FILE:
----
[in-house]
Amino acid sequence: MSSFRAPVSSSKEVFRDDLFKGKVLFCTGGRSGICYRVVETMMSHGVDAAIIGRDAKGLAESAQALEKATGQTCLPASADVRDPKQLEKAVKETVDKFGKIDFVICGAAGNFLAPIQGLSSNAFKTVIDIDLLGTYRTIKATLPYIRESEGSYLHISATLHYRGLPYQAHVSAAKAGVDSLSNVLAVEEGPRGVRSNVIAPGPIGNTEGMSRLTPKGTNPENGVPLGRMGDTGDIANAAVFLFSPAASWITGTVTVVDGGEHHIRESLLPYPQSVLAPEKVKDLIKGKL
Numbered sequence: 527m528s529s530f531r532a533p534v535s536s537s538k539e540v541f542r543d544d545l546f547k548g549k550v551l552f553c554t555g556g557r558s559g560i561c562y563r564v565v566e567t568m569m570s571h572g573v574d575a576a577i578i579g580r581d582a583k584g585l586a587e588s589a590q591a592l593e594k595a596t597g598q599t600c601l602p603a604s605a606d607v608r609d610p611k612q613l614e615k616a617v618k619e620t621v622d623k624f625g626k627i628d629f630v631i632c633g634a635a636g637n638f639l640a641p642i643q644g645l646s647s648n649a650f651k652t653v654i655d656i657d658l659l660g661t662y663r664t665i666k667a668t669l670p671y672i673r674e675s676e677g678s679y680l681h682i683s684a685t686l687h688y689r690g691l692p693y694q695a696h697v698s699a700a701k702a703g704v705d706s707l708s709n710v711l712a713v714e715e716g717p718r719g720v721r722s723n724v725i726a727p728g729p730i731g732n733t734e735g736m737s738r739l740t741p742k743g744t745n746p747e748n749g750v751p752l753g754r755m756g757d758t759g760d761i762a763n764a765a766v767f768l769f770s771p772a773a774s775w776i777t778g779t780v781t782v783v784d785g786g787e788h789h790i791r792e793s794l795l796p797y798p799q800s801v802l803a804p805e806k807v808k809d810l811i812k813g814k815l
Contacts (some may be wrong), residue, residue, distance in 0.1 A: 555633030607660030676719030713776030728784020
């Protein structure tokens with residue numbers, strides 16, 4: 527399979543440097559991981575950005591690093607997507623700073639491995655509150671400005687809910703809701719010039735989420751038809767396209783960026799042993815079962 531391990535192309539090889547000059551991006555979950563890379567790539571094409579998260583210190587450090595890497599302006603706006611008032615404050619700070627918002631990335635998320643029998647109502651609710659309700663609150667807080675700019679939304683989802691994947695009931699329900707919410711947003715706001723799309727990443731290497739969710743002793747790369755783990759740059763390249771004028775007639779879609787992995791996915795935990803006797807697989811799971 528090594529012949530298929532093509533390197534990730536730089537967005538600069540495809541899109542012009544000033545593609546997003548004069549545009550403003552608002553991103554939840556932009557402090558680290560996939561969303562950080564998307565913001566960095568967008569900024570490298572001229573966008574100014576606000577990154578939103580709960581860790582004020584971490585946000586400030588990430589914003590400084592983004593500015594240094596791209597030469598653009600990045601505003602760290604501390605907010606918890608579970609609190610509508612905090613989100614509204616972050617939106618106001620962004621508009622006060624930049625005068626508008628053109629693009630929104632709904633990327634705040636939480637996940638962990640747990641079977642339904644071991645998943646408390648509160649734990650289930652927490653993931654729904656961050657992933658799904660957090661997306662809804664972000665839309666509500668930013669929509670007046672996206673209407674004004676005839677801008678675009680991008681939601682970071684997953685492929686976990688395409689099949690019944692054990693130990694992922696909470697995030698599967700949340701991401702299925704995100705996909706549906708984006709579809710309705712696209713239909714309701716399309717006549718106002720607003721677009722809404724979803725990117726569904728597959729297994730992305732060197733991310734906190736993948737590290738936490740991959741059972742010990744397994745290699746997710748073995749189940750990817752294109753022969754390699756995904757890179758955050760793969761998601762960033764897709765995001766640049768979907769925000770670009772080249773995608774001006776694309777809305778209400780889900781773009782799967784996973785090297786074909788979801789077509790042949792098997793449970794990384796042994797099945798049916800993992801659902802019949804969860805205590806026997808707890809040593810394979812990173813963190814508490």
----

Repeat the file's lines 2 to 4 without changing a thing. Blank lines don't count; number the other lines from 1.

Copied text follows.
Amino acid sequence: MSSFRAPVSSSKEVFRDDLFKGKVLFCTGGRSGICYRVVETMMSHGVDAAIIGRDAKGLAESAQALEKATGQTCLPASADVRDPKQLEKAVKETVDKFGKIDFVICGAAGNFLAPIQGLSSNAFKTVIDIDLLGTYRTIKATLPYIRESEGSYLHISATLHYRGLPYQAHVSAAKAGVDSLSNVLAVEEGPRGVRSNVIAPGPIGNTEGMSRLTPKGTNPENGVPLGRMGDTGDIANAAVFLFSPAASWITGTVTVVDGGEHHIRESLLPYPQSVLAPEKVKDLIKGKL
Numbered sequence: 527m528s529s530f531r532a533p534v535s536s537s538k539e540v541f542r543d544d545l546f547k548g549k550v551l552f553c554t555g556g557r558s559g560i561c562y563r564v565v566e567t568m569m570s571h572g573v574d575a576a577i578i579g580r581d582a583k584g585l586a587e588s589a590q591a592l593e594k595a596t597g598q599t600c601l602p603a604s605a606d607v608r609d610p611k612q613l614e615k616a617v618k619e620t621v622d623k624f625g626k627i628d629f630v631i632c633g634a635a636g637n638f639l640a641p642i643q644g645l646s647s648n649a650f651k652t653v654i655d656i657d658l659l660g661t662y663r664t665i666k667a668t669l670p671y672i673r674e675s676e677g678s679y680l681h682i683s684a685t686l687h688y689r690g691l692p693y694q695a696h697v698s699a700a701k702a703g704v705d706s707l708s709n710v711l712a713v714e715e716g717p718r719g720v721r722s723n724v725i726a727p728g729p730i731g732n733t734e735g736m737s738r739l740t741p742k743g744t745n746p747e748n749g750v751p752l753g754r755m756g757d758t759g760d761i762a763n764a765a766v767f768l769f770s771p772a773a774s775w776i777t778g779t780v781t782v783v784d785g786g787e788h789h790i791r792e793s794l795l796p797y798p799q800s801v802l803a804p805e806k807v808k809d810l811i812k813g814k815l
Contacts (some may be wrong), residue, residue, distance in 0.1 A: 555633030607660030676719030713776030728784020